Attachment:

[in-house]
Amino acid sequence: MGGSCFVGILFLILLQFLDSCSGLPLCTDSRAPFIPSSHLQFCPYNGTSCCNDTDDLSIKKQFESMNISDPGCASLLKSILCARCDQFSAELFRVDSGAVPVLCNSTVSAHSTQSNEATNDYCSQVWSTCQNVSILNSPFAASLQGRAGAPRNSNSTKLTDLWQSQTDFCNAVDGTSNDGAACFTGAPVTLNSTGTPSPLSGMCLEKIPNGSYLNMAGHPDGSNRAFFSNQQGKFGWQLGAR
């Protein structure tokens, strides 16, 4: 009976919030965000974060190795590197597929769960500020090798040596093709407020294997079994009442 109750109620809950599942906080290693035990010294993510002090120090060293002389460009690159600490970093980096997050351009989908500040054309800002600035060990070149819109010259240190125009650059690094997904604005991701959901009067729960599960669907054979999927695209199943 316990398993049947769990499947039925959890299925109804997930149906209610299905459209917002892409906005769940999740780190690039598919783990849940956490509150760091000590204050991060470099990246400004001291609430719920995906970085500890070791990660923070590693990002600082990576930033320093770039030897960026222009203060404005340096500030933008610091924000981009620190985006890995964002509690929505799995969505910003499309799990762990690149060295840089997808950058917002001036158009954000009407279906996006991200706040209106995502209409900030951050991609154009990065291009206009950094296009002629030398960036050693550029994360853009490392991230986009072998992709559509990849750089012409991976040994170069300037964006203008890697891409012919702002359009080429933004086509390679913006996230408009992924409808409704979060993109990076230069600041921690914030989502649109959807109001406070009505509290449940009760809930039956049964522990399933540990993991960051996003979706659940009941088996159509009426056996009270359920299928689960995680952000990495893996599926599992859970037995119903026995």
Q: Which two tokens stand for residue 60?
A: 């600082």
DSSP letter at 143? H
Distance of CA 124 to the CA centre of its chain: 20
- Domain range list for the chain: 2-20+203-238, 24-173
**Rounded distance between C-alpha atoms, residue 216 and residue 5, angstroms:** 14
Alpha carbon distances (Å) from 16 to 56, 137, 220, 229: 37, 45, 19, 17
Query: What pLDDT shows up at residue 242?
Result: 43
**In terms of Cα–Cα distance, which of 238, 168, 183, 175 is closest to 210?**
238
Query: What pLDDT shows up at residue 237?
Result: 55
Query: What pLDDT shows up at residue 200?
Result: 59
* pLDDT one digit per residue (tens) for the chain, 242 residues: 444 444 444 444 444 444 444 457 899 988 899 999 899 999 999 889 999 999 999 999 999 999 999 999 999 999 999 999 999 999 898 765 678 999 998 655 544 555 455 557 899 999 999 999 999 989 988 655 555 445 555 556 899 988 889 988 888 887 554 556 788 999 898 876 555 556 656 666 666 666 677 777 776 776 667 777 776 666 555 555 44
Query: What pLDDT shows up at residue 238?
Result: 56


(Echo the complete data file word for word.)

[in-house]
Amino acid sequence: MGGSCFVGILFLILLQFLDSCSGLPLCTDSRAPFIPSSHLQFCPYNGTSCCNDTDDLSIKKQFESMNISDPGCASLLKSILCARCDQFSAELFRVDSGAVPVLCNSTVSAHSTQSNEATNDYCSQVWSTCQNVSILNSPFAASLQGRAGAPRNSNSTKLTDLWQSQTDFCNAVDGTSNDGAACFTGAPVTLNSTGTPSPLSGMCLEKIPNGSYLNMAGHPDGSNRAFFSNQQGKFGWQLGAR
């Protein structure tokens, strides 16, 4: 009976919030965000974060190795590197597929769960500020090798040596093709407020294997079994009442 109750109620809950599942906080290693035990010294993510002090120090060293002389460009690159600490970093980096997050351009989908500040054309800002600035060990070149819109010259240190125009650059690094997904604005991701959901009067729960599960669907054979999927695209199943 316990398993049947769990499947039925959890299925109804997930149906209610299905459209917002892409906005769940999740780190690039598919783990849940956490509150760091000590204050991060470099990246400004001291609430719920995906970085500890070791990660923070590693990002600082990576930033320093770039030897960026222009203060404005340096500030933008610091924000981009620190985006890995964002509690929505799995969505910003499309799990762990690149060295840089997808950058917002001036158009954000009407279906996006991200706040209106995502209409900030951050991609154009990065291009206009950094296009002629030398960036050693550029994360853009490392991230986009072998992709559509990849750089012409991976040994170069300037964006203008890697891409012919702002359009080429933004086509390679913006996230408009992924409808409704979060993109990076230069600041921690914030989502649109959807109001406070009505509290449940009760809930039956049964522990399933540990993991960051996003979706659940009941088996159509009426056996009270359920299928689960995680952000990495893996599926599992859970037995119903026995």
Q: Which two tokens stand for residue 60?
A: 């600082």
DSSP letter at 143? H
Distance of CA 124 to the CA centre of its chain: 20
- Domain range list for the chain: 2-20+203-238, 24-173
**Rounded distance between C-alpha atoms, residue 216 and residue 5, angstroms:** 14
Alpha carbon distances (Å) from 16 to 56, 137, 220, 229: 37, 45, 19, 17
Query: What pLDDT shows up at residue 242?
Result: 43
**In terms of Cα–Cα distance, which of 238, 168, 183, 175 is closest to 210?**
238
Query: What pLDDT shows up at residue 237?
Result: 55
Query: What pLDDT shows up at residue 200?
Result: 59
* pLDDT one digit per residue (tens) for the chain, 242 residues: 444 444 444 444 444 444 444 457 899 988 899 999 899 999 999 889 999 999 999 999 999 999 999 999 999 999 999 999 999 999 898 765 678 999 998 655 544 555 455 557 899 999 999 999 999 989 988 655 555 445 555 556 899 988 889 988 888 887 554 556 788 999 898 876 555 556 656 666 666 666 677 777 776 776 667 777 776 666 555 555 44
Query: What pLDDT shows up at residue 238?
Result: 56